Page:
The only track known to have been fully completed was named Happy Woods. Its layout was fairly simple, but due to a wider variety than the track name suggests, it had many opportunities for players to familiarize themselves with the gameplay mechanics. This track included high ledges, moving lifts, caves, water, corkscrews, and a beach with an enormous whale that could spring onto the road, flattening anyone caught under it. Happy Woods featured beachy music that incorporated bits of the main Twinsanity theme, later re-used in Crash Bandicoot Nitro Kart 2's Bandicoot Beach.

There is concept art for two other tracks: one has a jungle/temple setting with a half-pipe and some rolling spheres. The other one featured giant gears that rotated periodically along with the track, changing its layout.


Mods had a considerable impact on a kart's performance. After being unlocked, they could be used to the racer's advantage by providing different tactical advantages and, as mentioned, enabling access to alternate routes. There were 12 different mods (in-game descriptions in italic):

  • Standard Tires: Regular tires with no special effects.
  • Crab Tires: At home on the asphalt or sand. These tires loose(sic) no traction on beaches and dunes.
  • Octopus Tires: The suctions(sic) cups on these tires allow for driving on smooth VERTICAL surfaces.
  • Blowfish Tires: These tires can be used to race on water.
  • Standard Engine: A regular engine with no special effects.
  • Pig Engine: An engine that belches out flames to boost your speed.
  • Electric Eel Engine: Surging with electricity this engine shocks enemies on contact.
  • Frog Engine: Hop to new heights with this engines(sic) powerful double jump feature.
  • Standard Bumper: A regular bumper with no special effects.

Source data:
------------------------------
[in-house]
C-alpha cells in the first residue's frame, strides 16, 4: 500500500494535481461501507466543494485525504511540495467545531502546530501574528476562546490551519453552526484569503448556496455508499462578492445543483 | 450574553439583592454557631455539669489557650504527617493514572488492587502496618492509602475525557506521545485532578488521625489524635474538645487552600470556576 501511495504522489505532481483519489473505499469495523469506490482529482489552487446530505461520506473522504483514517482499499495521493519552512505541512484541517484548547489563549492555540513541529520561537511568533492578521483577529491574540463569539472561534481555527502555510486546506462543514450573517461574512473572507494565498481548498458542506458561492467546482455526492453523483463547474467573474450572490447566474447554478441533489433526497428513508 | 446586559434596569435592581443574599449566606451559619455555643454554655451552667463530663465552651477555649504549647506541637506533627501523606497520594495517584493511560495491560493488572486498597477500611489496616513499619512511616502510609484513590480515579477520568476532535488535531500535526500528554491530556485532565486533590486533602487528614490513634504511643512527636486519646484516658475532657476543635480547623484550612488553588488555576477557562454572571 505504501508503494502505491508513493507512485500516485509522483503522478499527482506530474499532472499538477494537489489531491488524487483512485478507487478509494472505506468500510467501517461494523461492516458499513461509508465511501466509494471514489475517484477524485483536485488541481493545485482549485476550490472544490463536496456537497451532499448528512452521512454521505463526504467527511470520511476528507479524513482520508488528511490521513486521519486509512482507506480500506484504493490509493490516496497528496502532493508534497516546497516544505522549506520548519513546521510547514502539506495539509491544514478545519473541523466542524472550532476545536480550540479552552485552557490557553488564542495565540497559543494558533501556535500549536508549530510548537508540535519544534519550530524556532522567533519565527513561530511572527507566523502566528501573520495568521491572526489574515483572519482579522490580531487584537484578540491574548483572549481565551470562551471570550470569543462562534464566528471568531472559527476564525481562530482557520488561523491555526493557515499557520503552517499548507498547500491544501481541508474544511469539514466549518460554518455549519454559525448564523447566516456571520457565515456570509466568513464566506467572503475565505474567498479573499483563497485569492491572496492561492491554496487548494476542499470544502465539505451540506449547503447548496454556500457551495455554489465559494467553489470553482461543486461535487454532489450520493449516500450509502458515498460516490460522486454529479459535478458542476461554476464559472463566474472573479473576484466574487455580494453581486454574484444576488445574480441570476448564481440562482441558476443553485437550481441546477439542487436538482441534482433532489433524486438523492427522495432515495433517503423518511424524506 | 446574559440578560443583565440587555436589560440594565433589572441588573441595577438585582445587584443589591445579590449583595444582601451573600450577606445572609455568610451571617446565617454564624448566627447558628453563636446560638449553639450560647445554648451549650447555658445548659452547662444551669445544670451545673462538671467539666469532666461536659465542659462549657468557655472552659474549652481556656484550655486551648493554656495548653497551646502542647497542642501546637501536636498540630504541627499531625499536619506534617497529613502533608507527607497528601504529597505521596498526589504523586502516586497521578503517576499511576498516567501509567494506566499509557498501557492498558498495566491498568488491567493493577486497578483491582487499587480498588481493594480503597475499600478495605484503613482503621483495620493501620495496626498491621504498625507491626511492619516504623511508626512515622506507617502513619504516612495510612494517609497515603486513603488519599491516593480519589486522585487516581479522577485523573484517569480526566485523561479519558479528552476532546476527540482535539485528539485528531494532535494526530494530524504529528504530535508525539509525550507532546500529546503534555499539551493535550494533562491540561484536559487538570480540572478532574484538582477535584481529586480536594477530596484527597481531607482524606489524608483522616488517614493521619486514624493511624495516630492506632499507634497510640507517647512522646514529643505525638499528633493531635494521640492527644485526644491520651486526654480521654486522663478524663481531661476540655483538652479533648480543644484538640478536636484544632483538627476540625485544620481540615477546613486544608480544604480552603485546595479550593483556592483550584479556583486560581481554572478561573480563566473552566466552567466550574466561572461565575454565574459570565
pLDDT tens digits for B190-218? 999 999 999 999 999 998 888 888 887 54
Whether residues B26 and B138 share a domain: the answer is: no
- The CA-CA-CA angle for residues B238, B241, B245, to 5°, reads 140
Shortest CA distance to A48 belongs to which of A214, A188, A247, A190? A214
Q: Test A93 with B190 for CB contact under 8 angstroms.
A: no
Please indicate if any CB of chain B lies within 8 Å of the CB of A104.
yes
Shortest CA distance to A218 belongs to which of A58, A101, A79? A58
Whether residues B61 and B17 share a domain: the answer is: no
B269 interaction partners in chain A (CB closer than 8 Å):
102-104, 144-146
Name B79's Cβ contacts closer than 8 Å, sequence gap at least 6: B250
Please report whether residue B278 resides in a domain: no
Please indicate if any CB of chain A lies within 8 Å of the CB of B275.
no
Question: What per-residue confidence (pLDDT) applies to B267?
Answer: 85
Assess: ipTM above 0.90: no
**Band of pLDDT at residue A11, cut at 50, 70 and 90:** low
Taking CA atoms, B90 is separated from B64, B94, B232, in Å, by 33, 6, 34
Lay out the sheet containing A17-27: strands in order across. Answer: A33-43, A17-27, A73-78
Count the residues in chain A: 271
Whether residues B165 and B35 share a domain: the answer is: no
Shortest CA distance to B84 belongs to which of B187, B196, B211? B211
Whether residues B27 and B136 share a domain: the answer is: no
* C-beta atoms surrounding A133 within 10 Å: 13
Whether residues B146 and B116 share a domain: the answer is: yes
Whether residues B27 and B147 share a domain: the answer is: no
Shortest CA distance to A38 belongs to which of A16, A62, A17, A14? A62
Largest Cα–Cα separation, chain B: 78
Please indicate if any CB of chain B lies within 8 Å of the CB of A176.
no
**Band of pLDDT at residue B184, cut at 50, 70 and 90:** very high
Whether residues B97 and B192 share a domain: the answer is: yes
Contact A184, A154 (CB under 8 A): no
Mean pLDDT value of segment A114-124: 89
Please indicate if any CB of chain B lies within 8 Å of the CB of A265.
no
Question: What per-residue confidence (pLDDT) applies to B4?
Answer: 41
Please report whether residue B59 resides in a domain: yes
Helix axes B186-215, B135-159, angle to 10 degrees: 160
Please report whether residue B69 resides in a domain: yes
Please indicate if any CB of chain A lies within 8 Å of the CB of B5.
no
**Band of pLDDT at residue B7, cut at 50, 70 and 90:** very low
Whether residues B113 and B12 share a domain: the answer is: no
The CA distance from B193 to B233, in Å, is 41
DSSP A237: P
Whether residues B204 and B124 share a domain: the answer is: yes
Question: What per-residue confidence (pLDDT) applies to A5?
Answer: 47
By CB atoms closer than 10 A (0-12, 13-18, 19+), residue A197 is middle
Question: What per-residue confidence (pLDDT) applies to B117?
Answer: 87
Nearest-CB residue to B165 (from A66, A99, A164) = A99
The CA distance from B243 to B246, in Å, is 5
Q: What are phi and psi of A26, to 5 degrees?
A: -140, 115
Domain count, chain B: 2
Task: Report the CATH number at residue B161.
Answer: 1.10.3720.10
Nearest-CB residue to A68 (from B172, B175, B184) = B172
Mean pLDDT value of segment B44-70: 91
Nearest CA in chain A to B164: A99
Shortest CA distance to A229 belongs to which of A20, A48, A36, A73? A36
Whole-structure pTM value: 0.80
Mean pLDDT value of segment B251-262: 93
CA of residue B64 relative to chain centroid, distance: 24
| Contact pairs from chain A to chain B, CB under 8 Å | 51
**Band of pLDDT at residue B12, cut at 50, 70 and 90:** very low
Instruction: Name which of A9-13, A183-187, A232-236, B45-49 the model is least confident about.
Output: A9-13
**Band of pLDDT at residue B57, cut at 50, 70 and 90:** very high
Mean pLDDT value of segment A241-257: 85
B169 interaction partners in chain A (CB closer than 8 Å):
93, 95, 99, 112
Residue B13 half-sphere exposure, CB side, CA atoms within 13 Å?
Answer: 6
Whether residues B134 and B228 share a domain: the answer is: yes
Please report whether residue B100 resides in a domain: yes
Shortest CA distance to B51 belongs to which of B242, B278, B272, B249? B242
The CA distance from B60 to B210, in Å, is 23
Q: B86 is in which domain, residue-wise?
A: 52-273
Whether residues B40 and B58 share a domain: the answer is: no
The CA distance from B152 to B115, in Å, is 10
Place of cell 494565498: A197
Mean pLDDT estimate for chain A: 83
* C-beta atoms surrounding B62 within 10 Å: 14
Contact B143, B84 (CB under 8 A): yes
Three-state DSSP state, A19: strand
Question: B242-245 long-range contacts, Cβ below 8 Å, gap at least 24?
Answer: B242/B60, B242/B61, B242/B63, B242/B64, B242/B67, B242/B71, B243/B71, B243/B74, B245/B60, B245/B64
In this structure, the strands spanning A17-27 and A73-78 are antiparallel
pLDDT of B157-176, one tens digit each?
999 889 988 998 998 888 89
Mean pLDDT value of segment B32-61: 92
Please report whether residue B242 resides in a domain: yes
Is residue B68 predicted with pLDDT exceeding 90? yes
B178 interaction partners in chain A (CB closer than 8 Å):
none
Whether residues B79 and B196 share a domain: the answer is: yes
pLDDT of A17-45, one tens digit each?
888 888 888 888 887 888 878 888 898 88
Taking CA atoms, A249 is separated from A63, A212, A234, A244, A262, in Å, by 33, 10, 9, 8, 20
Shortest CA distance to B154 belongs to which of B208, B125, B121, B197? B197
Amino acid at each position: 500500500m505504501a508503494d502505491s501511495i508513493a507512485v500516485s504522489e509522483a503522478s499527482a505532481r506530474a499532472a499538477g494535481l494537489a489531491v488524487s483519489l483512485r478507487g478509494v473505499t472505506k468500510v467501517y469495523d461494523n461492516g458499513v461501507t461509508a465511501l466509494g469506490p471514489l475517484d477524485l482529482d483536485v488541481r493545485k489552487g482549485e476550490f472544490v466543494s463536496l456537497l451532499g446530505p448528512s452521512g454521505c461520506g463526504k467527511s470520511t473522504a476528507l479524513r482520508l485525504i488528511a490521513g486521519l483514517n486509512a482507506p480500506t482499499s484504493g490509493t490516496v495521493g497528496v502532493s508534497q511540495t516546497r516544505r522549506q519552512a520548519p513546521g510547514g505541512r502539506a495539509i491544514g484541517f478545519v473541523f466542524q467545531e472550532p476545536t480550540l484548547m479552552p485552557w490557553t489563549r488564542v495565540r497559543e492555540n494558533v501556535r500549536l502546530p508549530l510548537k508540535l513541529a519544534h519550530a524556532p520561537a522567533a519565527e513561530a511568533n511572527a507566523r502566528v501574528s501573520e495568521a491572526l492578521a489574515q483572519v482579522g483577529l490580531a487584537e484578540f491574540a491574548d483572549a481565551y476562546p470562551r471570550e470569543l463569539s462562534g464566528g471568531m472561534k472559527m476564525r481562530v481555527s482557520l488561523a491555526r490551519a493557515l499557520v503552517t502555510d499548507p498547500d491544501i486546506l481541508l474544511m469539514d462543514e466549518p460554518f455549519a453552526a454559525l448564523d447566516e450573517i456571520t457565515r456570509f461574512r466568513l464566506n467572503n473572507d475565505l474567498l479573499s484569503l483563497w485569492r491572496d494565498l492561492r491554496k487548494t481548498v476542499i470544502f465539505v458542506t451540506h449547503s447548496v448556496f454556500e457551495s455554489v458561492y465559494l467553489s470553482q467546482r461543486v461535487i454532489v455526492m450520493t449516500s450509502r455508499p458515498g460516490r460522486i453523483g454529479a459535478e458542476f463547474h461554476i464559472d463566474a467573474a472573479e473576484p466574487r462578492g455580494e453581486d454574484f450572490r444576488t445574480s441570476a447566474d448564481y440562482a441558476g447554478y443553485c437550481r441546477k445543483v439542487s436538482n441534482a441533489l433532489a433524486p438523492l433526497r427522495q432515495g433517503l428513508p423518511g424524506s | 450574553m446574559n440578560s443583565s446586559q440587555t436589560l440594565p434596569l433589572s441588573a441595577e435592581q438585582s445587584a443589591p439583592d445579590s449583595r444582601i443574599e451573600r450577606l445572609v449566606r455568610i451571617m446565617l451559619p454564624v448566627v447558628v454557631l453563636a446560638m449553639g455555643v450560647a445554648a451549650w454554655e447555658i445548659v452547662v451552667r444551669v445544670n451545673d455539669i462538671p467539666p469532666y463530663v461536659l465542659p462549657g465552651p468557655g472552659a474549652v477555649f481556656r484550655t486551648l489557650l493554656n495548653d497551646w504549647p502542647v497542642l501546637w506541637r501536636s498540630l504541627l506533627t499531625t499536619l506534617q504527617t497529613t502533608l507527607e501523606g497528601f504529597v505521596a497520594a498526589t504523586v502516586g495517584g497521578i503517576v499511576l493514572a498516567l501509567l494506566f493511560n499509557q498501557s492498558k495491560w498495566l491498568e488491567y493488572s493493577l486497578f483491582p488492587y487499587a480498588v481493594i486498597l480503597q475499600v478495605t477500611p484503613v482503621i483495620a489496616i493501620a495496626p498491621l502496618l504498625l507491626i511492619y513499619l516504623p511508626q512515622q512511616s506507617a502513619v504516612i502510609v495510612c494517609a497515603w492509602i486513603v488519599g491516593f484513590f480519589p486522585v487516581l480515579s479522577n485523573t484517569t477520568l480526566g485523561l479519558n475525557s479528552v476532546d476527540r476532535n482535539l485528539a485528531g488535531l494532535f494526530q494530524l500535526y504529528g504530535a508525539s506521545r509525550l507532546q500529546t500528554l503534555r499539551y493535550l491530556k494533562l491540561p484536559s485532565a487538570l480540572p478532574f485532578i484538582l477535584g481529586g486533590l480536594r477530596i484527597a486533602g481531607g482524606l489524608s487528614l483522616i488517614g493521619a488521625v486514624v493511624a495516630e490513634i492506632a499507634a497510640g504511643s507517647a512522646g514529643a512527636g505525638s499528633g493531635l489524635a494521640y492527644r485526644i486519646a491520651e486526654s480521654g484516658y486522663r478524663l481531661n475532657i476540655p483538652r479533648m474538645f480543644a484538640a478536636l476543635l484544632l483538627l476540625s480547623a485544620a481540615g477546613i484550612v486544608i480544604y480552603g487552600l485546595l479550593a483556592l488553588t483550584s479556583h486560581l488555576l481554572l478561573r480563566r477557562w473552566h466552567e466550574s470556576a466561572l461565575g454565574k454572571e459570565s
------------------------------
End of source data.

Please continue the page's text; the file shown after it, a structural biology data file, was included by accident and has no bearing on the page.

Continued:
• Crab Bumper: This greedy kart bumper snatches power-ups and wumpa fruit from other drivers.
  • Warthog Bumper: This heavy weight bumper easily rams aside all other karts with its tusks. (Also good for breaking rocks and other obstacles.)
  • Armadillo Bumper: This bumper rolls into a ball that's immune to attacks when the brakes are applied.


There were 10 different power-ups that could be used during races. Many of them were directly influenced or lifted from the original 1999 Crash Team Racing. Most, if not all of them, seemed to be working properly. Like in the original CTR, power-ups were picked up from crates spread around the track, and picking up 10 Wumpa fruits made them more powerful. An innovation was that you could hold up to 2 power-ups at once. Some of these were:

  • Turbo Engine: An extra speed boost.
  • Bowling Bomb: It had the same exact behavior as in the original CTR: You could roll it and press the item button again to detonate it.
  • TNT: Like in the original CTR, they could be dropped as traps around the track. They were harder to distinguish from regular crates in this game due to having the same color.
  • Firefly Bottle: Basically a homing missile that targetted the closest opponent. This power-up was also an essential tool in Crash Landed as part of a jet-pack.
  • Bee Hive: Similar to the original CTR's Warp Sphere, it sent out bees that slowed down whoever was in first place, along with any others they came in contact with.
  • Clock: It slowed everyone else down, just like in the original CTR.
  • Smoke Drum: It expelled a smoke cloud that slowed down other opponents and made them cough. Additional effects, if any, aren't clear.
  • Oil Bottle: It dropped a pool of oil that made other karts slide out of control.


Though the game sadly never saw the light of day, it was initially thought that it was retooled into Dreamworks Superstar Kartz after its cancellation. However, according to one of its developers (who will not be mentioned by name due to a Non-Disclosure Agreement), the Crash game was "far more ambitious/fancy", and besides a few similarities, "the two projects aren't that related".